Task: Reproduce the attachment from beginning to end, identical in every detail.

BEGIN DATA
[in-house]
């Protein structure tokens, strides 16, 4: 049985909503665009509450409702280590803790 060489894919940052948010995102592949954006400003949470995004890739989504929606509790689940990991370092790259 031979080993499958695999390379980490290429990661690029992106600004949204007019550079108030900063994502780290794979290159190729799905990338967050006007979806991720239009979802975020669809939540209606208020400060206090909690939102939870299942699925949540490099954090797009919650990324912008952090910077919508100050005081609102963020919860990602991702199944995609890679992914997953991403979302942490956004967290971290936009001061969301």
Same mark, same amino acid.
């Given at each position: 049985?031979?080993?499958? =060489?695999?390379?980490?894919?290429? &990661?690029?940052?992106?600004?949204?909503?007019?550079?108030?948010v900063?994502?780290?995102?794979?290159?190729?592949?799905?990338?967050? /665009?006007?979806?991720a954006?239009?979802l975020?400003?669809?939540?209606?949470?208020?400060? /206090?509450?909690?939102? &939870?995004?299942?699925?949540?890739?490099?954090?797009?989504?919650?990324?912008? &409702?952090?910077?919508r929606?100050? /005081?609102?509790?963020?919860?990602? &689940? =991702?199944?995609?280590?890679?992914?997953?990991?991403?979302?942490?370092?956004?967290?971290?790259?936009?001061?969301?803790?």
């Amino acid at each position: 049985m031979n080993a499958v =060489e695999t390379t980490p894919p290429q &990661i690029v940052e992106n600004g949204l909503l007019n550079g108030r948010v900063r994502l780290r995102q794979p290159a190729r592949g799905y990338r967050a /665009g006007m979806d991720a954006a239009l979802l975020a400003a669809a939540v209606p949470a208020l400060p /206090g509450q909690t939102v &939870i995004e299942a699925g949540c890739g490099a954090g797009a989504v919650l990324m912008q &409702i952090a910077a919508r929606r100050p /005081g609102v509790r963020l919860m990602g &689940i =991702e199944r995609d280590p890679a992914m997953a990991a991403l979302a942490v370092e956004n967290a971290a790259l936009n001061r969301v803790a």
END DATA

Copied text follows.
[in-house]
């Protein structure tokens, strides 16, 4: 049985909503665009509450409702280590803790 060489894919940052948010995102592949954006400003949470995004890739989504929606509790689940990991370092790259 031979080993499958695999390379980490290429990661690029992106600004949204007019550079108030900063994502780290794979290159190729799905990338967050006007979806991720239009979802975020669809939540209606208020400060206090909690939102939870299942699925949540490099954090797009919650990324912008952090910077919508100050005081609102963020919860990602991702199944995609890679992914997953991403979302942490956004967290971290936009001061969301």
Same mark, same amino acid.
């Given at each position: 049985?031979?080993?499958? =060489?695999?390379?980490?894919?290429? &990661?690029?940052?992106?600004?949204?909503?007019?550079?108030?948010v900063?994502?780290?995102?794979?290159?190729?592949?799905?990338?967050? /665009?006007?979806?991720a954006?239009?979802l975020?400003?669809?939540?209606?949470?208020?400060? /206090?509450?909690?939102? &939870?995004?299942?699925?949540?890739?490099?954090?797009?989504?919650?990324?912008? &409702?952090?910077?919508r929606?100050? /005081?609102?509790?963020?919860?990602? &689940? =991702?199944?995609?280590?890679?992914?997953?990991?991403?979302?942490?370092?956004?967290?971290?790259?936009?001061?969301?803790?």
């Amino acid at each position: 049985m031979n080993a499958v =060489e695999t390379t980490p894919p290429q &990661i690029v940052e992106n600004g949204l909503l007019n550079g108030r948010v900063r994502l780290r995102q794979p290159a190729r592949g799905y990338r967050a /665009g006007m979806d991720a954006a239009l979802l975020a400003a669809a939540v209606p949470a208020l400060p /206090g509450q909690t939102v &939870i995004e299942a699925g949540c890739g490099a954090g797009a989504v919650l990324m912008q &409702i952090a910077a919508r929606r100050p /005081g609102v509790r963020l919860m990602g &689940i =991702e199944r995609d280590p890679a992914m997953a990991a991403l979302a942490v370092e956004n967290a971290a790259l936009n001061r969301v803790a």